It occurred to me that the primary thing keeping many people from making and acting upon the expat decision is fear of everything they will miss back home. Then I realized that budding expats like myself really only have half the information necessary to fully evaluate that. The other half resides in our target country, a place we have yet to live, work, eat, play, and build memories. So I thought I’d turn the tables and ask a few experts–people who have already made the leap–a “simple” question.
“What is the one thing you’d miss most about Ecuador if you were forced to move back to the First World?”
Here are the first three responses I received:
“What I would miss most is that sense of community. Here, your neighbors aren’t just people who live in a house near you. Your storekeepers aren’t just people who sell you stuff. The taxi drivers aren’t just anonymous backs of heads that you give an address to. I love that when I walk home, the people stop me to chat, greet me by name, or ask me about my day. If I don’t have enough cash on me, the storekeepers let me take what I need and pay them later. When I was looking for a job, my friends asked their friends, who asked their friends, and because pretty much everyone either knew me or knew of me, I had several options within a week. People look out for each other and help each other, because that’s what you do when you are part of a community, and that is what I would miss the most.”
“It’s almost impossible to reduce the list down to just one thing we’d miss if we left Ecuador. The completely honest answer has to be cost of living. We live a wonderful life free of money worries. This liberates us to enjoy the next two items on the list which are weather and the people. We are from Vancouver, Canada and now live in Cuenca. The weather here is like Vancouver towards the end of June. Warm days and cool nights. Heaven for us. Probably not if you’re from Florida. After 4 years, Cuenca is now truly home.”
–Brian Miles & Shelley Reeves
“The question is not simple by any means. It only took me about 15 seconds to come up with a hundred different things I would miss if we left Ecuador, but the short answer after some consideration and thought would be the lifestyle. The lifestyle is completely different than almost anything that we have experienced. I guess Joe said it best: he would have loved to have taken us and Jennifer, our daughter, back to the 1950′s. The family life back in the 50′s was so much more simple than life today. And the lifestyle here is quite “retro” if you will, not nearly as much technology as the states, so many less stressful things to concern ourselves with, less government intrusion, less rules, less distractions and choices, less almost everything. In our minds less is actually more! So my one word answer would have to be lifestyle but that would encompass everything we have experienced and learned since moving to Ecuador. The people, the food, the weather, the fresh fish and seafood, and the people! Everything revolves around the kindness of these beautiful people. Each day I find many new things to be thankful for, many new people who have shown us some form of kindness and just the wonder of being in a small town with so many advantages. It is an advantage knowing your neighbors, watching their children go to school each morning, hearing peoples lives go on around you and actually being a part of their lives. It has been a total blessing.”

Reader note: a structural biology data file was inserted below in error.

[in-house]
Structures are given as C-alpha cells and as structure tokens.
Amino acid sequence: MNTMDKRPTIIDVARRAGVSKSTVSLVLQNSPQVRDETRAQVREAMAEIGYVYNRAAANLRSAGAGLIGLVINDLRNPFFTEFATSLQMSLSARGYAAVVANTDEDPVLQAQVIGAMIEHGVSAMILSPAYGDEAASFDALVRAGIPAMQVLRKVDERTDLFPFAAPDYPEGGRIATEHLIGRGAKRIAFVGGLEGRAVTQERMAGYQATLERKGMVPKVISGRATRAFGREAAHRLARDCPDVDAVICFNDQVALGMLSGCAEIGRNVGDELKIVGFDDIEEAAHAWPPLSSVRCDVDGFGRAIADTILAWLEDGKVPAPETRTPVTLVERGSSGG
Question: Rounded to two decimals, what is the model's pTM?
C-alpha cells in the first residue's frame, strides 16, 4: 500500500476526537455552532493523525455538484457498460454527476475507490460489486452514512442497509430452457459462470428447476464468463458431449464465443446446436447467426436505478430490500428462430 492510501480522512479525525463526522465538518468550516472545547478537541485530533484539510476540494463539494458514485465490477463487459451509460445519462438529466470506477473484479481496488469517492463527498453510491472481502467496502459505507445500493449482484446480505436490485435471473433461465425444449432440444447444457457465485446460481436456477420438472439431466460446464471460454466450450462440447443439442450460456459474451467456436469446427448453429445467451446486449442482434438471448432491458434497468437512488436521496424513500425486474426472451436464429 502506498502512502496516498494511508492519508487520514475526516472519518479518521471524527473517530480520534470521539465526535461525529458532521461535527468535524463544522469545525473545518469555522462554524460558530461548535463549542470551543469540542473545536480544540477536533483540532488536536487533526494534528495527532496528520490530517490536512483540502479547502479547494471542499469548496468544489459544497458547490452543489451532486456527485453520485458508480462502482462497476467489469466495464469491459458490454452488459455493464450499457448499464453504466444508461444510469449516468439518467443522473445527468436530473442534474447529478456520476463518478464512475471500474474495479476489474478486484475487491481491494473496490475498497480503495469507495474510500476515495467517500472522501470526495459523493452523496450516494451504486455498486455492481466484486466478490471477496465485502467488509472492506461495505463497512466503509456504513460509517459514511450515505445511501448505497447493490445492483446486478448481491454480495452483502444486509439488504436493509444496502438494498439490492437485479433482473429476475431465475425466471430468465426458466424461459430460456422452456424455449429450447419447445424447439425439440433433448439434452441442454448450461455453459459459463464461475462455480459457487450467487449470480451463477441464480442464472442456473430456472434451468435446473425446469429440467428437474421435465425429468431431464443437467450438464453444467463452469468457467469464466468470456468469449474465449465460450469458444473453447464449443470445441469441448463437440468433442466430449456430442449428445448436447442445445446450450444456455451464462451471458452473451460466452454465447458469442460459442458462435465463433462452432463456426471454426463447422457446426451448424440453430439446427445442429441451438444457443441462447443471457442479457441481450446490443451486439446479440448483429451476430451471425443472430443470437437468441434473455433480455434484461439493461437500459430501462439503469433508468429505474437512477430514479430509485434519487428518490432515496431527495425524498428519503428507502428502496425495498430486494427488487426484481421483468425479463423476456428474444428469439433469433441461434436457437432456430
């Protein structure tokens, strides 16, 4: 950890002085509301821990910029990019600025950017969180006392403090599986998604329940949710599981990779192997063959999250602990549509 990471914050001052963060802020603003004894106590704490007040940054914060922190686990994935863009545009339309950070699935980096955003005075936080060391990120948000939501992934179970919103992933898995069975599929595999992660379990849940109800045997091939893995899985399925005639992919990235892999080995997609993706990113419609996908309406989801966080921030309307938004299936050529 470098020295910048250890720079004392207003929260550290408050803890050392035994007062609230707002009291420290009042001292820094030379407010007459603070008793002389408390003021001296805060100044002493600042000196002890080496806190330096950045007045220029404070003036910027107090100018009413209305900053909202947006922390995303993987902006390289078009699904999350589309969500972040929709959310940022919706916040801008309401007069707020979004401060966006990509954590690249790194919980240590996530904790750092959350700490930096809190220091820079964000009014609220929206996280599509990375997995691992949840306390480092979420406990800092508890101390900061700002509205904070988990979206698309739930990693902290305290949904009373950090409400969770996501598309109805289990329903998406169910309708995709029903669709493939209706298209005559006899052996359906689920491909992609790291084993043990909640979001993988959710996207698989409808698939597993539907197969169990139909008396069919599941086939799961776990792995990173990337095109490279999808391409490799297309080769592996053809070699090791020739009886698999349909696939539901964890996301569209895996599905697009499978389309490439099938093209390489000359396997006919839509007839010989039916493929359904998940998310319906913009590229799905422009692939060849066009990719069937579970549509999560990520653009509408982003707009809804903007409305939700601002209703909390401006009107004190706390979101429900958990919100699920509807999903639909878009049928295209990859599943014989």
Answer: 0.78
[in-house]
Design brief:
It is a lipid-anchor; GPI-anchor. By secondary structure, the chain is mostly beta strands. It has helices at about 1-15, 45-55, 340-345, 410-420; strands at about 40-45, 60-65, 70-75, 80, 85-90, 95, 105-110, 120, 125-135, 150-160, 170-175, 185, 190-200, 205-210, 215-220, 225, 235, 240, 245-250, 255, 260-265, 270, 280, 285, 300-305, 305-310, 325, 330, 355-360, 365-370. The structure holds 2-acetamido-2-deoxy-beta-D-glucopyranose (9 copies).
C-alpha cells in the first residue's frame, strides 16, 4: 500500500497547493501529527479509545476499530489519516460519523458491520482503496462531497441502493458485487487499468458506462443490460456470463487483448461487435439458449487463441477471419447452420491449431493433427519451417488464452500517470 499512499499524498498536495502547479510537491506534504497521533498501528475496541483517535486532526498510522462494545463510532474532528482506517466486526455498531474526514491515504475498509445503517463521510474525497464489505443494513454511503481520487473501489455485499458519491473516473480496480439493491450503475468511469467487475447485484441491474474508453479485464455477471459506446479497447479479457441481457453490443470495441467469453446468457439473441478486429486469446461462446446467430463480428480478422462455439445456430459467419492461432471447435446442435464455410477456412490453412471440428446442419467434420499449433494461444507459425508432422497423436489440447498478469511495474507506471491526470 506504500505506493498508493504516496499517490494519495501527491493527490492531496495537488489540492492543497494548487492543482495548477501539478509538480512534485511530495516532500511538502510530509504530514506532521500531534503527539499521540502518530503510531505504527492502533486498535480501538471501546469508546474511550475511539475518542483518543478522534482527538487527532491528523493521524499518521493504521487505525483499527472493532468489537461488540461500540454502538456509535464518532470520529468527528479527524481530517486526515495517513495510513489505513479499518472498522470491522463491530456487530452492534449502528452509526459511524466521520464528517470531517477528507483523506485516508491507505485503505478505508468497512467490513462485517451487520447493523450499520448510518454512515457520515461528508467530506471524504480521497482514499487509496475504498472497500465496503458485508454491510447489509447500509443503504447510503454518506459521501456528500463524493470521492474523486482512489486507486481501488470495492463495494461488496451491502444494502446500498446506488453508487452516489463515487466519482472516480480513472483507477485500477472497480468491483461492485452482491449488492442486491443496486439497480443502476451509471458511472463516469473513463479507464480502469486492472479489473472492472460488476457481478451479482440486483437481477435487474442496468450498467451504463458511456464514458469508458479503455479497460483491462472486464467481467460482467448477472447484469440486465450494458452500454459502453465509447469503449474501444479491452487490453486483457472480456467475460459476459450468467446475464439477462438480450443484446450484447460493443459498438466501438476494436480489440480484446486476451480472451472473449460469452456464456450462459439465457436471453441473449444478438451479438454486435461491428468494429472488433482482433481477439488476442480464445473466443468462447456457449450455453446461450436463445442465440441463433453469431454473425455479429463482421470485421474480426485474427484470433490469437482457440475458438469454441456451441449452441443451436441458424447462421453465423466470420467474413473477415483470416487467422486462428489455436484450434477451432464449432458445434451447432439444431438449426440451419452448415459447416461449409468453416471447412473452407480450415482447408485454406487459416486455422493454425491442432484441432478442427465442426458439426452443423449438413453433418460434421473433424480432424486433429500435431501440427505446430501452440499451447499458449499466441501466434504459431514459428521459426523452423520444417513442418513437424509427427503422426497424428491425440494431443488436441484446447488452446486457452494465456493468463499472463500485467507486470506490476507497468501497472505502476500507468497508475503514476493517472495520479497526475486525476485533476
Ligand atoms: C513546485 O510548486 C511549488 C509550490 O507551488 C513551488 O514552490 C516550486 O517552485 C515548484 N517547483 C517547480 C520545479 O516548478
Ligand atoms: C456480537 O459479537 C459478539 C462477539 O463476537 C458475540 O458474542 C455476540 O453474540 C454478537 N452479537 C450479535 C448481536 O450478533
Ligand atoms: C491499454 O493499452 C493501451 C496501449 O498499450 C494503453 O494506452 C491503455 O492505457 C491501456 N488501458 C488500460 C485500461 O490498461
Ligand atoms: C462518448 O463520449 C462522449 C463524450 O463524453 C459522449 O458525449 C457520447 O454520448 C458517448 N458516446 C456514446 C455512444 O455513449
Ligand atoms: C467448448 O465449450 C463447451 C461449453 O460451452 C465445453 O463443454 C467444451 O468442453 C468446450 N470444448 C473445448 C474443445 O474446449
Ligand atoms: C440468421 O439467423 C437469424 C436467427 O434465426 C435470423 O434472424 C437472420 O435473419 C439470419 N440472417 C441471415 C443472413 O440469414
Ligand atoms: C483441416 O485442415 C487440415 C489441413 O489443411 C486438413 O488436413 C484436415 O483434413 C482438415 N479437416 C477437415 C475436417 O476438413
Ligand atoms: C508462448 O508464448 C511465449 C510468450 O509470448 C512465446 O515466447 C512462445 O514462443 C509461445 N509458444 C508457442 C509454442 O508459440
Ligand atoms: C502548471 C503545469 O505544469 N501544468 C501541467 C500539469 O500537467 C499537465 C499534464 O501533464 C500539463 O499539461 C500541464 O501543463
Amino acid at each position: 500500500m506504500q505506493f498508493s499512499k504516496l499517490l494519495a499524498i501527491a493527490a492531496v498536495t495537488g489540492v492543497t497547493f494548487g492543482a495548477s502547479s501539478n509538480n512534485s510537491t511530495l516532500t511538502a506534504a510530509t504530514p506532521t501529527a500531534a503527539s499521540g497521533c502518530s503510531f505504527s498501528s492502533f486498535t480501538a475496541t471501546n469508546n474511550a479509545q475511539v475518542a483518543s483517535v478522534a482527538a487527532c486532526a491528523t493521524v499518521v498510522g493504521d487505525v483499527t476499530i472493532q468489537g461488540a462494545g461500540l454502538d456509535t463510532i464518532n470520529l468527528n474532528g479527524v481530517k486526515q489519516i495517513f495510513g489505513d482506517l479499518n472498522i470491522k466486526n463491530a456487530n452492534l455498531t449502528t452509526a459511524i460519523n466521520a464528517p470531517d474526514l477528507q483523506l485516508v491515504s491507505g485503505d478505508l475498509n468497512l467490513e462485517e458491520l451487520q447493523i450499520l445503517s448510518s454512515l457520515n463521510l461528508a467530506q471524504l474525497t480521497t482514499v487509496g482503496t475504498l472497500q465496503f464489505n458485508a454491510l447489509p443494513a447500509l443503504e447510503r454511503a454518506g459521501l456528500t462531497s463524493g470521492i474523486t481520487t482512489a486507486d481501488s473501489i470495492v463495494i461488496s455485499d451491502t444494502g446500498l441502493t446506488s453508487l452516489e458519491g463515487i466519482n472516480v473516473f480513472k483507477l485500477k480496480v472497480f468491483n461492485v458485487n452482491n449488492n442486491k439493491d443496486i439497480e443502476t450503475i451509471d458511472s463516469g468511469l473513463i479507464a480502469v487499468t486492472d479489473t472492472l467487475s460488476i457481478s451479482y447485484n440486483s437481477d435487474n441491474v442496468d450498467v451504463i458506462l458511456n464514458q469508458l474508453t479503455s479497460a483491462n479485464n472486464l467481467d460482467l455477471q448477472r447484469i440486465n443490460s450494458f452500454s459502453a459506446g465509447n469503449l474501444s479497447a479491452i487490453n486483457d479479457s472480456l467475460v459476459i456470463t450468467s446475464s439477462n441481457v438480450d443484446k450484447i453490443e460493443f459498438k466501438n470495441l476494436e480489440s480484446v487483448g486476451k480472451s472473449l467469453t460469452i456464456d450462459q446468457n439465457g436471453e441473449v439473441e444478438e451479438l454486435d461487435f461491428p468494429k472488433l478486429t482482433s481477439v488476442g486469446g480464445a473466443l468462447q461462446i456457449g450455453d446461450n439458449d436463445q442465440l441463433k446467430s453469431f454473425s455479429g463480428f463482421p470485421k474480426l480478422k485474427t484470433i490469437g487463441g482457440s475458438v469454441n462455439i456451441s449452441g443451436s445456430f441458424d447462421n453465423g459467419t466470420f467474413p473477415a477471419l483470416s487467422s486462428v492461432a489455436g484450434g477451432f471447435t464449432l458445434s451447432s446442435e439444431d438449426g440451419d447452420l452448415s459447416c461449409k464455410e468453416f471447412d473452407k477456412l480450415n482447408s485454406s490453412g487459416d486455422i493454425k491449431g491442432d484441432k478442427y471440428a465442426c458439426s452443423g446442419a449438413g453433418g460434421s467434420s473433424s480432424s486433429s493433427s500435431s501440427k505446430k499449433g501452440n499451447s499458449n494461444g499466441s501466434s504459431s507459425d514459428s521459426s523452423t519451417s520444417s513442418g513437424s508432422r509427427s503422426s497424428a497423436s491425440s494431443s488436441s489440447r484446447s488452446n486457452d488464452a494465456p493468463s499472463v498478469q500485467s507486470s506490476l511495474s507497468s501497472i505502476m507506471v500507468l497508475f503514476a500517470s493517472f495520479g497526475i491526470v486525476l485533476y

Aside from being great bloggers, I think of these people as modern day Lewis and Clarks. Or at least pioneers. While the rest of us hunker down among the people and things that make us feel “safe and secure,” these people are out there experiencing a whole new world of endless possibilities. And I get the sense that they know exactly which side has the greener grass.
We can’t wait to meet them there someday soon and–as Brian Miles & Shelley Reeves put it–“enjoy a $1 beer together.”